A very simple addition to the perforator enables a printed message which has been received to be retransmitted to a more distant station, without any translation or knowledge of the meaning of the message. The printed band which has been received is made to pass between two rollers, one of which is movable by a finger screw, so as to cause the characters to pass successively before the eyes of the operator. The keys of the perforator are acted upon with the right hand, and the finger-screw with the left; as the characters successively appear the keys are pressed down in the order of the points of which the letters consist, an operation which scarcely requires any skill to perform.
There need be no change in the alphabet which is at present employed; the points at one side may represent the short dashes, and those at the other side the long dashes, their order remaining the same as in the existing system.
The second apparatus is the transmitter, the object of which is to receive the slips of paper prepared by the previously described instrument, or perforator, and to transmit the currents produced by a voltaic battery or other rheomotor, in the order and direction corresponding to the holes perforated in the slip. This it effects by mechanism somewhat similar to that by which the perforator performs its functions.
An eccentric produces and regulates the occurrence of three distinct movements:
1st. The to and fro motion of a small frame which contains a groove fitted to receive the slip of paper, and to carry it forward by its advancing motion.
2nd. The elevation and depression of a spring-clip, which holds the slip of paper firmly during the receding motion, but allows it to move freely during the advancing motion.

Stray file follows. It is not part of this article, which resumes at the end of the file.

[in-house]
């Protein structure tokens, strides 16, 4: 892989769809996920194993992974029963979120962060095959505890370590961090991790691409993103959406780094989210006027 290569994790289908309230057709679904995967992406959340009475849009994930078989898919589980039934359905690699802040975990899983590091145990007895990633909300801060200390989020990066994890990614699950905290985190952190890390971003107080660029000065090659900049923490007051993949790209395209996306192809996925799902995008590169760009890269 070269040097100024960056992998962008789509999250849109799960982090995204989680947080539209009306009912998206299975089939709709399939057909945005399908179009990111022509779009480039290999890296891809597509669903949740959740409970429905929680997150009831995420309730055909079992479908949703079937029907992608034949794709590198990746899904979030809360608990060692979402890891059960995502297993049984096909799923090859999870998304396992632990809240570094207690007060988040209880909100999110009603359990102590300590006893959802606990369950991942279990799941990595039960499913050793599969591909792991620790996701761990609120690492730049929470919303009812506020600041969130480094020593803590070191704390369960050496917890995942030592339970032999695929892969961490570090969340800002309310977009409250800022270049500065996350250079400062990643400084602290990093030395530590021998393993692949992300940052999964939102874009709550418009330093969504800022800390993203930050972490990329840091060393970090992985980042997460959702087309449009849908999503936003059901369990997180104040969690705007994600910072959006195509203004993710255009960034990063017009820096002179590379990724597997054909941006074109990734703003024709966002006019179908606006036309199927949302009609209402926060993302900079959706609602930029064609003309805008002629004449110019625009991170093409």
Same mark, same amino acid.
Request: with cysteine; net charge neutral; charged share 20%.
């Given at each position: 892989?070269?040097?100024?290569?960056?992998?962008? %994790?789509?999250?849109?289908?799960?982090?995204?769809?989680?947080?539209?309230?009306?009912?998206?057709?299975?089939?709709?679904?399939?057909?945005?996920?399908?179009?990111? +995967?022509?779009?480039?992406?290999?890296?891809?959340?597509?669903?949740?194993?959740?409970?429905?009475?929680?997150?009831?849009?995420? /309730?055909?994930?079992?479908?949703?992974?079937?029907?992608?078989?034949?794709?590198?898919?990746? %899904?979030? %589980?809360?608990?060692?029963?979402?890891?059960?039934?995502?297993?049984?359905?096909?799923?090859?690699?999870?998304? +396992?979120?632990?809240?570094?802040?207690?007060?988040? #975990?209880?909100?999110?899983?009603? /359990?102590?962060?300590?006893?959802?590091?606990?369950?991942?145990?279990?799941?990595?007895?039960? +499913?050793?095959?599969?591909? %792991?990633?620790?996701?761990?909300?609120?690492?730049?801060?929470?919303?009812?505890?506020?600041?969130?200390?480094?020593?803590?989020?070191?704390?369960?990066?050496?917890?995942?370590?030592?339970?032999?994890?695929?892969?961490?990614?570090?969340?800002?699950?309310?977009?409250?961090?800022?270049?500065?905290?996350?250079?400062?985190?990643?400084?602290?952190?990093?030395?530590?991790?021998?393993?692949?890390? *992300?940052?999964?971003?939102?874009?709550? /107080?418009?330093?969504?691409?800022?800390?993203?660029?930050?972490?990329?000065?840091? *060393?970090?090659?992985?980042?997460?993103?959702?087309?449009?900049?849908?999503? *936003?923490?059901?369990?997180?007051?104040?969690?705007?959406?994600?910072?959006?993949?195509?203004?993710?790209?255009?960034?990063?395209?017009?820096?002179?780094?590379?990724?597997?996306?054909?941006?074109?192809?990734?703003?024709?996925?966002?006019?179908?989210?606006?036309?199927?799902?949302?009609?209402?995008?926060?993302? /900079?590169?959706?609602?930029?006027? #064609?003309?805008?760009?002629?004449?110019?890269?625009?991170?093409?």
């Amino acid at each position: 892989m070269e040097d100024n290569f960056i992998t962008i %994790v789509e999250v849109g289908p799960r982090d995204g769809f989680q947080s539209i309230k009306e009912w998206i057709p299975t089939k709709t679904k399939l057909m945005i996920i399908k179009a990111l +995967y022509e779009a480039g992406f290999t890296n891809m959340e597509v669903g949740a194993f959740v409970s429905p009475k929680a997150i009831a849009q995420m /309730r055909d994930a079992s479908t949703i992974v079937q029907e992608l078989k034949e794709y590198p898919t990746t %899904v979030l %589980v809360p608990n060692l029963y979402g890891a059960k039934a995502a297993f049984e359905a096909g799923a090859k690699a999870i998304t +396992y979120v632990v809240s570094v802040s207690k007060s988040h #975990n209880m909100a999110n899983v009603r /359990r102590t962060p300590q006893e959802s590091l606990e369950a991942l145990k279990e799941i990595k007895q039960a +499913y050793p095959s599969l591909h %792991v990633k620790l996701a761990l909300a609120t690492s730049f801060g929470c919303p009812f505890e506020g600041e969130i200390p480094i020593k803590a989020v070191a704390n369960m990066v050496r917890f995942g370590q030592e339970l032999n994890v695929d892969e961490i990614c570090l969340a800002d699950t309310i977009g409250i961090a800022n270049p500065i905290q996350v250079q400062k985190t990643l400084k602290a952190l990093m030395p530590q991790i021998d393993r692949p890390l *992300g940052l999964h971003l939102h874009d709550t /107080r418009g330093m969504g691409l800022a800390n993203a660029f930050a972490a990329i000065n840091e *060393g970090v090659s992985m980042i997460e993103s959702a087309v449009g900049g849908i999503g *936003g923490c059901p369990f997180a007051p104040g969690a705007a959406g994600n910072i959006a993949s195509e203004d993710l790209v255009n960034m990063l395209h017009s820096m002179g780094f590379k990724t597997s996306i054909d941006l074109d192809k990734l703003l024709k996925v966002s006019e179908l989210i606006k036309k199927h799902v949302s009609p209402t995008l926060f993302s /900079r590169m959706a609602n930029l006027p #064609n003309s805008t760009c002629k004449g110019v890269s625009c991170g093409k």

3d. The simultaneous elevation of three wires placed parallel to each other, resting at one of their ends, over the axis of the eccentric, and their free ends entering corresponding holes in the grooved frame.
These three wires are not fixed to the axis of the eccentric, but each of them rest against it by the upward pressure of a spring, so that when a light pressure is exerted on the free ends of either of them, it is capable of being separately depressed. When the slip of paper is not inserted, and the eccentric is in action, a pin attached to each of the external wires touches, during the advancing and receding motions of the frame, a different spring, and an arrangement is adopted by means of insulation and contacts properly applied, by which, while one of the wires is elevated and the other remains depressed, the current passes from the voltaic battery to the telegraphic circuit in one direction, and passes in the other direction when the wire before elevated is depressed, and vice versa;but while both wires are simultaneously elevated or depressed, the passing of the current is interrupted. When the prepared slip of paper is inserted in the groove and moved forward, whenever the end of one of the wires enters an aperture in its corresponding row, the current passes in one direction, and when the end of the other wire enters an aperture of the other row, it passes in the other direction. By this means the currents are made to succeed each other automatically, in their proper order and direction, to give the requisite variety of signals. The middle wire only acts as a guide during the operation of the current.